- "fresh rumours were spread": but spread where? In the newspapers or privately between individuals in society? "it was said": but by whom? A potential origin of the rumours is discussed later in the paragraph, but we're not told where the rumours were recorded. Earlier in the paragraph, The Times newspaper features prominently, which tends to imply that the rumours also appeared in that newspaper. Did they?
- "widely rumoured that the Duke...", I would like to see a couple of examples of who mentioned the rumours given in the accompanying footnote. (Something like "Victoria's dairy, quoted in Bird, p. 217", or whatever sources Bird is using.)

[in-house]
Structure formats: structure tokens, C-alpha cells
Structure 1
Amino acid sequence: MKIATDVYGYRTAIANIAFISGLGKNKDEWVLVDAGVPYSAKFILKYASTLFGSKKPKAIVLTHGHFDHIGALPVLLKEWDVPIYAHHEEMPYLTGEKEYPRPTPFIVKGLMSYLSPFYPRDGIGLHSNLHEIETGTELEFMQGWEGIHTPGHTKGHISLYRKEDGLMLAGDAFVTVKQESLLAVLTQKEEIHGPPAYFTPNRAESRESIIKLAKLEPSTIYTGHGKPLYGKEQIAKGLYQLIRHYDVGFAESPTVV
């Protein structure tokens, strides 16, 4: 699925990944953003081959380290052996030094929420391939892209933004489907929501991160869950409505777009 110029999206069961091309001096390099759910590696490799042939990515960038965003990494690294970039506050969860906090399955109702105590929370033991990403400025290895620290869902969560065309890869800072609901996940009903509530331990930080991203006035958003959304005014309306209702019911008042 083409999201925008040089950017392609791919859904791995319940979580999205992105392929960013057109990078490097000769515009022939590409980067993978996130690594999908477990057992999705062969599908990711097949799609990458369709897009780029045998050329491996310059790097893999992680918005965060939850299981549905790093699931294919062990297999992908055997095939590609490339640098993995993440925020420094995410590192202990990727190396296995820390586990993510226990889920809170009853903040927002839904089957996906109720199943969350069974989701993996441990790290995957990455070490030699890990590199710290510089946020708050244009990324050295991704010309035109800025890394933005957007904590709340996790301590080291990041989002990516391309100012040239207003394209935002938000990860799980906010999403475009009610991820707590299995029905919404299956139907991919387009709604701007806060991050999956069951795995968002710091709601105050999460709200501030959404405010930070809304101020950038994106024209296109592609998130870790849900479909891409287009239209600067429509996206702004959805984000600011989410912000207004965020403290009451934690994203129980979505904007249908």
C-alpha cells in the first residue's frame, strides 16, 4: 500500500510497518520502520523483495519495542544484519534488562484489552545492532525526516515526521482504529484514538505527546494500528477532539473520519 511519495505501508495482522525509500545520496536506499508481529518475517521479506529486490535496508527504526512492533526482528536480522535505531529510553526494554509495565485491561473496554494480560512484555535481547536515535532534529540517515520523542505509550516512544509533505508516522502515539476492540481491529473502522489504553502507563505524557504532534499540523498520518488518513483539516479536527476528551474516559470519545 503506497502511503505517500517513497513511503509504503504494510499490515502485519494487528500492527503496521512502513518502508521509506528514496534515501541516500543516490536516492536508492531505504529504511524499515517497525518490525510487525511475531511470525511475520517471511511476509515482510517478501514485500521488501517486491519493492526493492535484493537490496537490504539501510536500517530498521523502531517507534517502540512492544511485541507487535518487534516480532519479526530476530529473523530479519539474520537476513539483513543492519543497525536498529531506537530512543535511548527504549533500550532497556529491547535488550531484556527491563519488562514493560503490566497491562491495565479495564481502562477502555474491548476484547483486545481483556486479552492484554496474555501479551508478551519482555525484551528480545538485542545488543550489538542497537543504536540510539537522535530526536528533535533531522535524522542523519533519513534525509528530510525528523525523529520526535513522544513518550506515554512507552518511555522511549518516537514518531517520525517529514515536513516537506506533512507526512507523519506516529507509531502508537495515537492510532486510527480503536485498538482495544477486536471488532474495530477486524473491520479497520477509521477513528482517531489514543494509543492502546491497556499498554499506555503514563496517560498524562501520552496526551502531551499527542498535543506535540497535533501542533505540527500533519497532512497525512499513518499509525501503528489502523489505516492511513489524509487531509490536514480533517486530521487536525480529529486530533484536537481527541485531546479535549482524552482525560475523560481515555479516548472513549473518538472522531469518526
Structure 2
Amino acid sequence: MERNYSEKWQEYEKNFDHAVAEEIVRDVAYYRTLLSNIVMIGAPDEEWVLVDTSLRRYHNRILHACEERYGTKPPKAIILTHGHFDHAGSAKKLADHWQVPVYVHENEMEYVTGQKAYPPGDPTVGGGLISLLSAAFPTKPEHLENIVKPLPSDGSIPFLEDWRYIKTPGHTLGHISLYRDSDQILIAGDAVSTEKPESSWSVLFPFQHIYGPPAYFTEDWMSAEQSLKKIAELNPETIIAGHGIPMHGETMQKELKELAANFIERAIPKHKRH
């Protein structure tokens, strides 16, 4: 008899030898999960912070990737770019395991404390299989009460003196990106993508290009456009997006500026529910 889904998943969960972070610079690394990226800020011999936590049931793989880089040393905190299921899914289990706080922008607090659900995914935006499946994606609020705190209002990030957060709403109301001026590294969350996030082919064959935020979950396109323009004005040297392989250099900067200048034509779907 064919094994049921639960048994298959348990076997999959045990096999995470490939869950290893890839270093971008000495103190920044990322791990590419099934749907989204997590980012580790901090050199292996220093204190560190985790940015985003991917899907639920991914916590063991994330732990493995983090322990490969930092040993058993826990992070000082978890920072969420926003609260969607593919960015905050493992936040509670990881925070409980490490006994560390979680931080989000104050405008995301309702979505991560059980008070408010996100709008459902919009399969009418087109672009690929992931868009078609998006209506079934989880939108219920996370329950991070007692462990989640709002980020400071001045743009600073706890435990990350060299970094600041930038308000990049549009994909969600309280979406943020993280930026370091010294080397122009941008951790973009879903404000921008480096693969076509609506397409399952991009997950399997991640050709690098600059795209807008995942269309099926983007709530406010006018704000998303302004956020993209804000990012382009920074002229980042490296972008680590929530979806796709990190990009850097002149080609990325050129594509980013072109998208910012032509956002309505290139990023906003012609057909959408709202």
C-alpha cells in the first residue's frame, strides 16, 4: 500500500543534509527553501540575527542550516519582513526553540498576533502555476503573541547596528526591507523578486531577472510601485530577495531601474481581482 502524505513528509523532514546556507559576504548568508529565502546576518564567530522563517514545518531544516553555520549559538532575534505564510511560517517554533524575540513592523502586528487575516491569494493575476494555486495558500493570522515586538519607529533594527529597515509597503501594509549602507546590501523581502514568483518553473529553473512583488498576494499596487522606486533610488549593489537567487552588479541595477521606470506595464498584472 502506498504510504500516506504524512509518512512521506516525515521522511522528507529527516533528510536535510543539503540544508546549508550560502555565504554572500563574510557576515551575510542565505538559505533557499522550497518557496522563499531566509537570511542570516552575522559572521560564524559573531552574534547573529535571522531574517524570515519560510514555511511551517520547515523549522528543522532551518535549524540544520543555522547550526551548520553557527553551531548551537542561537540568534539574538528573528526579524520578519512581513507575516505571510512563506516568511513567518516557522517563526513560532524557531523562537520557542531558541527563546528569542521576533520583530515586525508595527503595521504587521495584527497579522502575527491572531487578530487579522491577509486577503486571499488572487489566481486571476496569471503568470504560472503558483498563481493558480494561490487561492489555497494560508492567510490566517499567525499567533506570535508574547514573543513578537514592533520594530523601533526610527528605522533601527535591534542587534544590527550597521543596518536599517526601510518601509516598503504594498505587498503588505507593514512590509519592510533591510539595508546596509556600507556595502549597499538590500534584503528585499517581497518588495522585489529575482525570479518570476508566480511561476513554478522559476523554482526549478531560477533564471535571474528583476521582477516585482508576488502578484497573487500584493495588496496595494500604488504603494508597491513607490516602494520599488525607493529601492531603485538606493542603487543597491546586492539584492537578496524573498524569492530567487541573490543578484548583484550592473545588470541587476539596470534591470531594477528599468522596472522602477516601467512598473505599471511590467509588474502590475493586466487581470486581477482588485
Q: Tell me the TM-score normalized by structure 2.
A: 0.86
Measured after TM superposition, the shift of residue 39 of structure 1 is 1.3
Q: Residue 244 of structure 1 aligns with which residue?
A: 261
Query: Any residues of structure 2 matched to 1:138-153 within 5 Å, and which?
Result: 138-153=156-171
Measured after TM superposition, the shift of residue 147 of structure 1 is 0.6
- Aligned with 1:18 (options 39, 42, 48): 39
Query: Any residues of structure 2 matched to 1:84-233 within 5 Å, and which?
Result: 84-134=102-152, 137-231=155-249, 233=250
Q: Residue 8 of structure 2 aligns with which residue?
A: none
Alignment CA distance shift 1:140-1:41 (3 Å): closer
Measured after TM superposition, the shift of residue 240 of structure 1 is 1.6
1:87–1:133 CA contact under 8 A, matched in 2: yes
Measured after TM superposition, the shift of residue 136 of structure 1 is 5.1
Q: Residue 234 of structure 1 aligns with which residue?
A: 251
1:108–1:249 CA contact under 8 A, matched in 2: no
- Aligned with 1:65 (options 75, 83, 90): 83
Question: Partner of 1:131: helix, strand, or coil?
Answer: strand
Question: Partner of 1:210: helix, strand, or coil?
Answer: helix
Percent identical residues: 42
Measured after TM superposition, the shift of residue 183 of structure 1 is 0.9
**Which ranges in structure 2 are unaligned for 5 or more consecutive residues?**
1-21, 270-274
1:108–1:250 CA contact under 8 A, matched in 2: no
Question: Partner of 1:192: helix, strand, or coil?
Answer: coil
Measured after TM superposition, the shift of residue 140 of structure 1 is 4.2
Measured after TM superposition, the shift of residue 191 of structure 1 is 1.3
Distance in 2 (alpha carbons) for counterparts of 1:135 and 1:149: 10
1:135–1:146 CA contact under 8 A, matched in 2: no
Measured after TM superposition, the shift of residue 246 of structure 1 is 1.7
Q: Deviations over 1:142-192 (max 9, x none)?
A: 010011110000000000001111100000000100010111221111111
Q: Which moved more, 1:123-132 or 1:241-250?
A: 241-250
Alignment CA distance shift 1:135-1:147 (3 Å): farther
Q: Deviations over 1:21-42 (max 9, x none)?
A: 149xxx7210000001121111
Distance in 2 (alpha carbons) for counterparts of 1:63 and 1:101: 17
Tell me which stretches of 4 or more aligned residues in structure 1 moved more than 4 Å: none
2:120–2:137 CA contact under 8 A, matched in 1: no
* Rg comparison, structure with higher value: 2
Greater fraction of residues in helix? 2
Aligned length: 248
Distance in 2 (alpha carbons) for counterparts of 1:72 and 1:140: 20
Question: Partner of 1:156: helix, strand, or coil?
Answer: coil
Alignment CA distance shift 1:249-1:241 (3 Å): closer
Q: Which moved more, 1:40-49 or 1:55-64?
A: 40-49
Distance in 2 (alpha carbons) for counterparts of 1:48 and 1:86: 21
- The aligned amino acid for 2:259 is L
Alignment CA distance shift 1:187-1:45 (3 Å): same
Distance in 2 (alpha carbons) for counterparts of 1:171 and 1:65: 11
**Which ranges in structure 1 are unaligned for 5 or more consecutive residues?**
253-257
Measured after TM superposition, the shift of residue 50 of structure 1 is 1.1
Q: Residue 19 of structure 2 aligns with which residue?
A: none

- "only one of the seven..." begs the question: who was he?
- "supposed" by whom?
- For reference 15 it is possible to show us the exact page by using Template:London Gazette.
- You may wish to add ISBNs for FAC.
- The source of File:ErnstAugustK.jpg is wikipedia. I prefer to see artist and gallery details whenever possible.
- Thank you. I will work on these and post responses as I can. It is not always possible to say who started the rumours, but I can certainly mention what paper they were printed in.--Wehwalt (talk) 13:44, 28 June 2010 (UTC)
Comments from Tim riley I have only just noticed this article on the peer review list. I hope you will be keeping it open for a day or so, which would give me time to add my two-penn'orth. It's a splendid article and I should like to contribute if I can. Meanwhile, as a preliminary thought, you are inconsistent about capitalising job titles. In the military you have "as a colonel" followed by "promoted to Major-General". With royals you refer to "the prince" but "the King"; to "royal dukes" but "the Duke hurried…" Might be worth applying a consistent regime. More soonest. - Tim riley (talk) 19:06, 9 July 2010 (UTC)